• Finally, convert ArrayList to LinkedHashSet by adding ArrayList contents to LinkedHashSet, as LinkedHashSet maintains insertion-order, if we want to retain original LinkedHashSet
  • Note : we can sort in reverse-order using Comparator and providing reverse-order sorting logic

Syntax:

// convert LinkedHashSet to ArrayList
List<String> lst = new ArrayList<String>(lhsCompanies);

// sort using Collections class
Collections.sort(lst);

// clear or empty LinkedHashSet
lhsCompanies.clear();

// convert sorted ArrayList to LinkedHashSet, afetr clear();
lhsCompanies.addAll(lst);
SortingLinkedHashSetUsingArrayList.java
package in.bench.resources.collection;

import java.util.ArrayList;
import java.util.Collections;
import java.util.LinkedHashSet;
import java.util.List;

public class SortingLinkedHashSetUsingArrayList {

	public static void main(String[] args) {

		// creating LinkedHashSet object of type String
		LinkedHashSet<String> lhsCompanies = 
				new LinkedHashSet<String>();

		// adding elements to LinkedHashSet object
		lhsCompanies.add("LinkedIn");
		lhsCompanies.add("Amazon");
		lhsCompanies.add("Google");
		lhsCompanies.add("Apple");
		lhsCompanies.add("Facebook");
		lhsCompanies.add("Oracle");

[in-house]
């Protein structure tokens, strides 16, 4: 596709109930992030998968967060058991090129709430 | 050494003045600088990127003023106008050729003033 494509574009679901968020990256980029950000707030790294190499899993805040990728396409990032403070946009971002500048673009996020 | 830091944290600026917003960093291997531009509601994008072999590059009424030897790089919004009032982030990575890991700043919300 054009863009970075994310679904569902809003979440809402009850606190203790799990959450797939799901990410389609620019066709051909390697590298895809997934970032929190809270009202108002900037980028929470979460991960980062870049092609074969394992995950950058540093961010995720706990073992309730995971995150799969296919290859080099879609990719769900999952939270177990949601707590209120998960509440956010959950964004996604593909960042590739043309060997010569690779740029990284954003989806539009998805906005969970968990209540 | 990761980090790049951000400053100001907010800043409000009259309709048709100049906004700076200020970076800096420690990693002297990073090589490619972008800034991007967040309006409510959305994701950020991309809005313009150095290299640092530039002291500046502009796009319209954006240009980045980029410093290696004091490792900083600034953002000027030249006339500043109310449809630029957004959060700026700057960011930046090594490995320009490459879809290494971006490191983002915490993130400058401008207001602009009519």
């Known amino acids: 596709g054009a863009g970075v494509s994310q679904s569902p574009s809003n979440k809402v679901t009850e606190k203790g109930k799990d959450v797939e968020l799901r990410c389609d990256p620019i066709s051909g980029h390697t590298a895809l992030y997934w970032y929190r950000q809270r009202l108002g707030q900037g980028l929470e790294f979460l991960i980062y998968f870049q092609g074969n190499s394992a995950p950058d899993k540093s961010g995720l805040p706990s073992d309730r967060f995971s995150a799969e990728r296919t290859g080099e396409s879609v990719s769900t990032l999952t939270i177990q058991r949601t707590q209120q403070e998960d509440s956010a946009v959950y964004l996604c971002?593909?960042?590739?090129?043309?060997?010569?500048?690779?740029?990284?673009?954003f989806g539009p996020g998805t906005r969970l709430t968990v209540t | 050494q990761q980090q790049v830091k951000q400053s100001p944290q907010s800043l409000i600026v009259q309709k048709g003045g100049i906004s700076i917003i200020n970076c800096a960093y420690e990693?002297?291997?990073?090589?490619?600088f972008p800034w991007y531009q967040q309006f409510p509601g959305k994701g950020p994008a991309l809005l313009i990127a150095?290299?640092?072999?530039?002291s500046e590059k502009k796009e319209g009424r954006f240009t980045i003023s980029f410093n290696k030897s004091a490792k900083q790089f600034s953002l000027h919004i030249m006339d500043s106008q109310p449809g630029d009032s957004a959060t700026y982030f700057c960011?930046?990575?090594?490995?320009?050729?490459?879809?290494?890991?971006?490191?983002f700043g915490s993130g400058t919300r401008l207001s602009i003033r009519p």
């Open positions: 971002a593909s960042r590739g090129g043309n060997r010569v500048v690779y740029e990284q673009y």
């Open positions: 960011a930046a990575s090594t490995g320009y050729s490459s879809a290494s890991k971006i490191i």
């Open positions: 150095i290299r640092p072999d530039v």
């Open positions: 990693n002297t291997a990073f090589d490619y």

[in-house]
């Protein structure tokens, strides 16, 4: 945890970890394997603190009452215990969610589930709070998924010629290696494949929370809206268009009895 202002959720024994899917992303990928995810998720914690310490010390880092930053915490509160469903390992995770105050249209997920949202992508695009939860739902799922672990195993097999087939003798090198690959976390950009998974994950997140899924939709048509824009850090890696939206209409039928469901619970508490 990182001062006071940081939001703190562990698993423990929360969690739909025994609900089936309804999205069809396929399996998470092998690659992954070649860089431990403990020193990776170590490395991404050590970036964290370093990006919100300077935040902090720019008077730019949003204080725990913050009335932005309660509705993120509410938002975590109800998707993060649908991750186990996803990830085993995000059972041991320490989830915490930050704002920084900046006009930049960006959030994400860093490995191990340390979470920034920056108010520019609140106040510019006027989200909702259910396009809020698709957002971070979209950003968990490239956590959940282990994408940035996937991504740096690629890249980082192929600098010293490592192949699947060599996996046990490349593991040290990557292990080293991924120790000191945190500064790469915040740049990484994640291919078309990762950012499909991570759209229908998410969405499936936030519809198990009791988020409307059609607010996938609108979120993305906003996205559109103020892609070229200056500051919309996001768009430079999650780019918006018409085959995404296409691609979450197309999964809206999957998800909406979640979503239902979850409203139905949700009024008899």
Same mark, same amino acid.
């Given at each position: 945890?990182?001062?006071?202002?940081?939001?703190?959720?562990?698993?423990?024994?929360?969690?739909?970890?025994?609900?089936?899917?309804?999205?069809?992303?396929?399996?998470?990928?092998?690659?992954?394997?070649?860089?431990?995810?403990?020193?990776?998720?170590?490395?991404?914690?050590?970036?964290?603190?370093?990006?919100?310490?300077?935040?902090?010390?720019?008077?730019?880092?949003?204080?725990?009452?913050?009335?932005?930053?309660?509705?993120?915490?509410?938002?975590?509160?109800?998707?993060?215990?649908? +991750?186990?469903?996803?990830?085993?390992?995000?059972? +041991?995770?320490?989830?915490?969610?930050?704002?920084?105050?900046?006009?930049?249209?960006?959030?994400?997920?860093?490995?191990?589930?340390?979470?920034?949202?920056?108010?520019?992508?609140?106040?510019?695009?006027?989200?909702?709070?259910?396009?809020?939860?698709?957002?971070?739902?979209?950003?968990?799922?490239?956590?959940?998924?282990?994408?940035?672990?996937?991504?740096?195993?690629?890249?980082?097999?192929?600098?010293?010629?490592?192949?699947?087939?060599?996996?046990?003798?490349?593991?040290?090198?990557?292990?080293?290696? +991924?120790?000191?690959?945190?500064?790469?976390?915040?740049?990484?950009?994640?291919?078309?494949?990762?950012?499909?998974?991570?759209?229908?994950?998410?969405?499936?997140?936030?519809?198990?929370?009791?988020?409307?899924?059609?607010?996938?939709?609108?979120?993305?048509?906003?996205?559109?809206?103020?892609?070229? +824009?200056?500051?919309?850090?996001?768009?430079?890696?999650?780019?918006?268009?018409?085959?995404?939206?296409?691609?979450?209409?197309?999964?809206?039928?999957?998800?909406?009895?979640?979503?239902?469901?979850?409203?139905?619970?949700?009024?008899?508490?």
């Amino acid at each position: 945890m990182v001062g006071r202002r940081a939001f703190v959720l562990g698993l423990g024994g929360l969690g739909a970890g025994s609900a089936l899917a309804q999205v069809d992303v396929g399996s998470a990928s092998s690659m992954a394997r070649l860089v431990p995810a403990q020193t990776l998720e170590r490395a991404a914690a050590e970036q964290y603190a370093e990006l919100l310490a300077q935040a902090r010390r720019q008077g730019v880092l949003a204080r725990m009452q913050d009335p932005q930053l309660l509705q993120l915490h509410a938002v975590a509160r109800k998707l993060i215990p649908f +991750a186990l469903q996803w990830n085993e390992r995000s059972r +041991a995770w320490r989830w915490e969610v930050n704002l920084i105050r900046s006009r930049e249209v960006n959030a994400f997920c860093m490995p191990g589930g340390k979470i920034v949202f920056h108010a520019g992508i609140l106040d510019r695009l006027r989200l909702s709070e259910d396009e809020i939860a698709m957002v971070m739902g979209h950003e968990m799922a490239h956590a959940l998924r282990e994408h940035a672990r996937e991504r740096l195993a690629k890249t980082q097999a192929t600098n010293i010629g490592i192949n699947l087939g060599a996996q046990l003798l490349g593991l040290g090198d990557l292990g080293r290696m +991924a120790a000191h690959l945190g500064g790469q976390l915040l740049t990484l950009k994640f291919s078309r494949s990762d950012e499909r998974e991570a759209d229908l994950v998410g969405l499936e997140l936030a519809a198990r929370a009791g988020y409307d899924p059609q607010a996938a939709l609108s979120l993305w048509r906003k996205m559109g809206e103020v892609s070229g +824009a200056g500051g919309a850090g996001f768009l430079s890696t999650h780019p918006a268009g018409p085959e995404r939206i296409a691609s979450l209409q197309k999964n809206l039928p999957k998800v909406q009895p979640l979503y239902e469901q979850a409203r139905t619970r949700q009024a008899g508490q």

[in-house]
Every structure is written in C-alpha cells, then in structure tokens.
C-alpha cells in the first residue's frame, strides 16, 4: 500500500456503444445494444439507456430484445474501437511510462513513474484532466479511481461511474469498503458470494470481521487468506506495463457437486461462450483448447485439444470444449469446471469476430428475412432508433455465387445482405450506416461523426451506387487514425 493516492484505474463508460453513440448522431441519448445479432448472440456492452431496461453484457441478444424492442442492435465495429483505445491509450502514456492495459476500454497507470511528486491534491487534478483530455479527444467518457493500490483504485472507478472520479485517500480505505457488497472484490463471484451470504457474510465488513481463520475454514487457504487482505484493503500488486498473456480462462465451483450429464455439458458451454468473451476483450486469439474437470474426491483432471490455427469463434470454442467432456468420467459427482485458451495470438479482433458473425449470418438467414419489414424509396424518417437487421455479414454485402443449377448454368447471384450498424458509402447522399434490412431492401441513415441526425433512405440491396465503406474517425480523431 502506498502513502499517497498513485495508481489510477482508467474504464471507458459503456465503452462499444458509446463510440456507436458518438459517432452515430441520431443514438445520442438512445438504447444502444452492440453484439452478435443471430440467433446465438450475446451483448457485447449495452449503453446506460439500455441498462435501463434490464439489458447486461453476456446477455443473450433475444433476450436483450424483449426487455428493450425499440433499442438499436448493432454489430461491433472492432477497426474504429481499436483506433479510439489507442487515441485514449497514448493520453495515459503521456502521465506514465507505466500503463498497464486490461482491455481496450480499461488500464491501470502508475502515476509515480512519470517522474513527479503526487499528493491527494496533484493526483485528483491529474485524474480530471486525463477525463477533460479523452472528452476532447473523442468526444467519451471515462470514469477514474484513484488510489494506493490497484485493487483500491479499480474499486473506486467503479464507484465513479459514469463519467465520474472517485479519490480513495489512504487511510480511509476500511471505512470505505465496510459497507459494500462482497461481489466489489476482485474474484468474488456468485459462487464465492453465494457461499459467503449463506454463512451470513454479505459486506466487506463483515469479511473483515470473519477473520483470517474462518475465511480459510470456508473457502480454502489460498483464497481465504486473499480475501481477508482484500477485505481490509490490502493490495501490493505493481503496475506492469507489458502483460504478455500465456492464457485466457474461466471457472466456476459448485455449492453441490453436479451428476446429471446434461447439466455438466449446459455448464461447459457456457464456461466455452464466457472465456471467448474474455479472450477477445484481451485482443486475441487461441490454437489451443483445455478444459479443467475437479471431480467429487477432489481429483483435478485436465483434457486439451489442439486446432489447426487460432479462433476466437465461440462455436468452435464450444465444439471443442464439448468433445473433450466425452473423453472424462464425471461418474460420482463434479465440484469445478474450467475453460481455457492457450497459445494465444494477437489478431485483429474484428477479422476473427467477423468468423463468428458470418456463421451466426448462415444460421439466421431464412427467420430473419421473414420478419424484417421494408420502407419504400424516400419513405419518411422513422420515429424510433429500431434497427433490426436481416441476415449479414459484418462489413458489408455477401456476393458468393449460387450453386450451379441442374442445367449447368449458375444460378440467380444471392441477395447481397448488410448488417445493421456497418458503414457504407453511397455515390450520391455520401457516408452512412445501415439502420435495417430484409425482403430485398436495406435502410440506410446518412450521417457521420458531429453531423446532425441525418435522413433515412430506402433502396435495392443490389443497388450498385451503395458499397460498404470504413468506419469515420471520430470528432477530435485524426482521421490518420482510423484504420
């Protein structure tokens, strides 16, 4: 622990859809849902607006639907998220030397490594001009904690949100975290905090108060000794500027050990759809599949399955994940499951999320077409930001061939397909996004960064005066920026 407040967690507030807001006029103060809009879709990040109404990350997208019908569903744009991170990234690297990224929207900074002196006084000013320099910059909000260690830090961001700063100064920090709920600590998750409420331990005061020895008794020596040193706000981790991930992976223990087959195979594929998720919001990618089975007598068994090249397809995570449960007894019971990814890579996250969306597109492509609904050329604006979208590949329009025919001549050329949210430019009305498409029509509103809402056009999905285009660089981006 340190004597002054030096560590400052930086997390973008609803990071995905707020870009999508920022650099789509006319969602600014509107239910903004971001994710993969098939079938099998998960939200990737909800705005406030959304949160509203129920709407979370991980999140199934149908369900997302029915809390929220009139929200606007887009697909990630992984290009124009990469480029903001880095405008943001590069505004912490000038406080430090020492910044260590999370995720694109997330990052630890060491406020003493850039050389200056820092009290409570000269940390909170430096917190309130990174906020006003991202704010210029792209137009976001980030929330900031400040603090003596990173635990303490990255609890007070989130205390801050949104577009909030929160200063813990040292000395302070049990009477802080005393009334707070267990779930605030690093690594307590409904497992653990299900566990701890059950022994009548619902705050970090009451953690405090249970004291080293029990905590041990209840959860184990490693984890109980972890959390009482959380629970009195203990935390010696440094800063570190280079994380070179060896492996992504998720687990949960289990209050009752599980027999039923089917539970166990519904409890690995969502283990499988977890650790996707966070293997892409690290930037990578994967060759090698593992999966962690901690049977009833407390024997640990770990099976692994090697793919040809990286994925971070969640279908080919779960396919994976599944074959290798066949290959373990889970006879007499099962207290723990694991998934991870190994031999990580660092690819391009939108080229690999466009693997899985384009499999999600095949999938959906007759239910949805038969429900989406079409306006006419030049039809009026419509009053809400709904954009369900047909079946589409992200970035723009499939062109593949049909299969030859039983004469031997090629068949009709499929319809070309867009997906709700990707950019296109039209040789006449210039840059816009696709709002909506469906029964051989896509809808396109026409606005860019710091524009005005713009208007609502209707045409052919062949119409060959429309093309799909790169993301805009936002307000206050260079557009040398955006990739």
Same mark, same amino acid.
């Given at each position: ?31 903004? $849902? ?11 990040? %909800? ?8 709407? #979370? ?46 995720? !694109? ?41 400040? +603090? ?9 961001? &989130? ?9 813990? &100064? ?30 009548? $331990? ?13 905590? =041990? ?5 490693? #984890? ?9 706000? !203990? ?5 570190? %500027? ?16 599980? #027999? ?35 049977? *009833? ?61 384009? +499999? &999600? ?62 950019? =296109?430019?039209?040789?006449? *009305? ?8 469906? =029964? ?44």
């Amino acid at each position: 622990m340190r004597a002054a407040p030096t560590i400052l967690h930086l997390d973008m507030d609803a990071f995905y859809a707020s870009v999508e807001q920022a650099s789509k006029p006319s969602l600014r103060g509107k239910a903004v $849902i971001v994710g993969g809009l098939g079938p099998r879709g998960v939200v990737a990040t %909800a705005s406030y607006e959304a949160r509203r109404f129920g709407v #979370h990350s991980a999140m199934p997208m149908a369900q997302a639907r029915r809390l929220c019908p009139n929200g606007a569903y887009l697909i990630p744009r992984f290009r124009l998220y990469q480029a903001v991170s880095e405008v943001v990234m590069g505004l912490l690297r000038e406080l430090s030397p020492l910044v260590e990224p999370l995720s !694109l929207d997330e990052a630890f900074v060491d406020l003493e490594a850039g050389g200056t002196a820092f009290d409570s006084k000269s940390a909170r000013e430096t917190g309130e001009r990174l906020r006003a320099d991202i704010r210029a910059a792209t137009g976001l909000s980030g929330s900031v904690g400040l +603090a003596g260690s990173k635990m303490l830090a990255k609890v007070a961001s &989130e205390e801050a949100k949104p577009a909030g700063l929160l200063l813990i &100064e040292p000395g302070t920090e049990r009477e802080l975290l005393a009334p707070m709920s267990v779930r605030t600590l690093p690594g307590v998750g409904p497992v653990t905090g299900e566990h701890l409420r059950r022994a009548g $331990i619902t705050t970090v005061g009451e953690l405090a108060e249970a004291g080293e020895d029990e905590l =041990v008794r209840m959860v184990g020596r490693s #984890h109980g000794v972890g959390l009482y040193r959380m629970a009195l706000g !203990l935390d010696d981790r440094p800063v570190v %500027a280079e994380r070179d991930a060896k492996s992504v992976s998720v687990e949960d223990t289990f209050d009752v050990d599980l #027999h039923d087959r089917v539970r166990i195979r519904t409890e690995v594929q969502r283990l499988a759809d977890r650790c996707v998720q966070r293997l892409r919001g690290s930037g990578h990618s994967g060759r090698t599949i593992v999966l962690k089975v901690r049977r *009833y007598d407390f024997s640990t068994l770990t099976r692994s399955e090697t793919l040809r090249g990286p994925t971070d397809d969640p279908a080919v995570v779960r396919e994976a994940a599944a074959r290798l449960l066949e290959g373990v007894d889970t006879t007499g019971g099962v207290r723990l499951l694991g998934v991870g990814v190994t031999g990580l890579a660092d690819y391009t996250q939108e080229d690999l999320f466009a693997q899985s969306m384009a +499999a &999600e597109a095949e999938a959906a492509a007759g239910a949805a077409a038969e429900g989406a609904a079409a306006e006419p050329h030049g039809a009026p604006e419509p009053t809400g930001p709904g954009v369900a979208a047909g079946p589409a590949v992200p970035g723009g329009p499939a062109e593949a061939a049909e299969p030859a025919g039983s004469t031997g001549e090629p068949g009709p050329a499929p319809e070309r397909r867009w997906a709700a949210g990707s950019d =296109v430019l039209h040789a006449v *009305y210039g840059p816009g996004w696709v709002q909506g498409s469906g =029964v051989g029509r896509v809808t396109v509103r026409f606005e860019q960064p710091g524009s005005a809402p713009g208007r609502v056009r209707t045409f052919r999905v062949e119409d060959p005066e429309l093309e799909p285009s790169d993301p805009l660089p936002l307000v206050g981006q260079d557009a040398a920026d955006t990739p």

lhsCompanies.add("Microsoft");

		// Iterating using enhanced for-loop
		System.out.println("Insertion Order:"
				+ " Iterating LinkedHashSet\n");
		for(String company : lhsCompanies) {
			System.out.println(company);
		}

		// convert LinkedHashSet to ArrayList
		List<String> lst = new ArrayList<String>(lhsCompanies);

		// sort using Collections class
		Collections.sort(lst);

		// clear or empty LinkedHashSet
		lhsCompanies.clear();

		// convert sorted ArrayList to LinkedHashSet, afetr clear();
		lhsCompanies.addAll(lst);

		// Iterating using enhanced for-loop
		System.out.println("\n\nAscending sorting-order:"
				+ " Iterating LinkedHashSet\n");
		for(String company : lhsCompanies) {
			System.out.println(company);
		}
	}
}

Output:

Insertion Order: Iterating LinkedHashSet

LinkedIn
Amazon
Google
Apple
Facebook
Oracle
Microsoft


Ascending sorting-order: Iterating LinkedHashSet

Amazon
Apple
Facebook
Google
LinkedIn
Microsoft
Oracle

References:

Happy Coding !!
Happy Learning !!

The post How to sort LinkedHashSet contents in Java ? appeared first on BenchResources.Net.